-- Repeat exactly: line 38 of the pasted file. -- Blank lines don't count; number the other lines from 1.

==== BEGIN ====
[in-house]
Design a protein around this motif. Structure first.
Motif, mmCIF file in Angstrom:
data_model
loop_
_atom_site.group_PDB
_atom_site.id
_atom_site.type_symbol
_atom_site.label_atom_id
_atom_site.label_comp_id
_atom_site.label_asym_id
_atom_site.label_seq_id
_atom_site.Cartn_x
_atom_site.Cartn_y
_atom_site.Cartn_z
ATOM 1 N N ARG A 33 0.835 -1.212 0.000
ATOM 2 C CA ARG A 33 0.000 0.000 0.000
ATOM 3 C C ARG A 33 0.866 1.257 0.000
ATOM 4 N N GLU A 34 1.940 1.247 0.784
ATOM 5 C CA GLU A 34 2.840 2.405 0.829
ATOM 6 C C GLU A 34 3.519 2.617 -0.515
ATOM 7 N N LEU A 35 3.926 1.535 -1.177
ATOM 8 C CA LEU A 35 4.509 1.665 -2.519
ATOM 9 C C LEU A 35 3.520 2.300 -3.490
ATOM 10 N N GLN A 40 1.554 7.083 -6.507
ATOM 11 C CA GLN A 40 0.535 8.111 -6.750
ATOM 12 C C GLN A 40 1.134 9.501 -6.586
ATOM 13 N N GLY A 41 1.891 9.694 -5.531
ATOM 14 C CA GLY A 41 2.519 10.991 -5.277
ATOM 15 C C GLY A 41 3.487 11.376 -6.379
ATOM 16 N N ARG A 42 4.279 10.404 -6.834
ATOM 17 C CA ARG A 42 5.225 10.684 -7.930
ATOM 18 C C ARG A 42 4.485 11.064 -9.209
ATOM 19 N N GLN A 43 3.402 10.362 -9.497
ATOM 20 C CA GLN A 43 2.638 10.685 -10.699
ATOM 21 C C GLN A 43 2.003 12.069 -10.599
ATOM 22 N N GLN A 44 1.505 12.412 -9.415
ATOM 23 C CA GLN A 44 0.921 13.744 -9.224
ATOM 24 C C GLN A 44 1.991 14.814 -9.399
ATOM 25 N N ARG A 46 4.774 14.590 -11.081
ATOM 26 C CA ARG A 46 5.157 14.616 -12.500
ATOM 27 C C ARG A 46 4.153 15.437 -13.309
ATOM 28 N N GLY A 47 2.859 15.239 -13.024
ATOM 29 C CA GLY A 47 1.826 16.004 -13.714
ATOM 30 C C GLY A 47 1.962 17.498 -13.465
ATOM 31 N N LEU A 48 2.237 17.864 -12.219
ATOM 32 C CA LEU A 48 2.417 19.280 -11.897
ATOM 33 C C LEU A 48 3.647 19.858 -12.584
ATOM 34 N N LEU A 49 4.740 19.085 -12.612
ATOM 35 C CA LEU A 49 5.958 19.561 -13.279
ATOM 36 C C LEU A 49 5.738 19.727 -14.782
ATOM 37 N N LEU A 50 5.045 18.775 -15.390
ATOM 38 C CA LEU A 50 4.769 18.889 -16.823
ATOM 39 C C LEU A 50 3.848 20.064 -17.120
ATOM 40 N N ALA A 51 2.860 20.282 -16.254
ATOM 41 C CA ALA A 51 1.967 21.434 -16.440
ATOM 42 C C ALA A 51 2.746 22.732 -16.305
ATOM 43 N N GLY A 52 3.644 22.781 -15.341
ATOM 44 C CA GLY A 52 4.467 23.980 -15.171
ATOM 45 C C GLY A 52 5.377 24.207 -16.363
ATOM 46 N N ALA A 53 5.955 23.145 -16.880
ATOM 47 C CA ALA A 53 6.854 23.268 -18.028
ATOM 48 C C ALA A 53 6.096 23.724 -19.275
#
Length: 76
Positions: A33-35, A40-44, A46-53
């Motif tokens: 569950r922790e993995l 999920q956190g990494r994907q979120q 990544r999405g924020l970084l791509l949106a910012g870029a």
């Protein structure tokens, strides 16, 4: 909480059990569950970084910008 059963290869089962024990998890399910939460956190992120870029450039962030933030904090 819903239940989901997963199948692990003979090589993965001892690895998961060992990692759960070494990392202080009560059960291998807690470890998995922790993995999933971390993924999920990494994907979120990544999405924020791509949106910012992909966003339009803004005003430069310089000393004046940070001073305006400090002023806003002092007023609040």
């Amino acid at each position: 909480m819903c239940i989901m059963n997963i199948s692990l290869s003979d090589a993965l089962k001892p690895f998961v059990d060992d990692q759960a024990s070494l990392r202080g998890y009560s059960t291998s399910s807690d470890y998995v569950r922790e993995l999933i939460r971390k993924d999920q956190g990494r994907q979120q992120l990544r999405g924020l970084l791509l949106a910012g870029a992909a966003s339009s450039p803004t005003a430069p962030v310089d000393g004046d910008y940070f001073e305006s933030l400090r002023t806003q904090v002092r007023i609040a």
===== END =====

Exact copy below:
ATOM 23 C CA GLN A 44 0.921 13.744 -9.224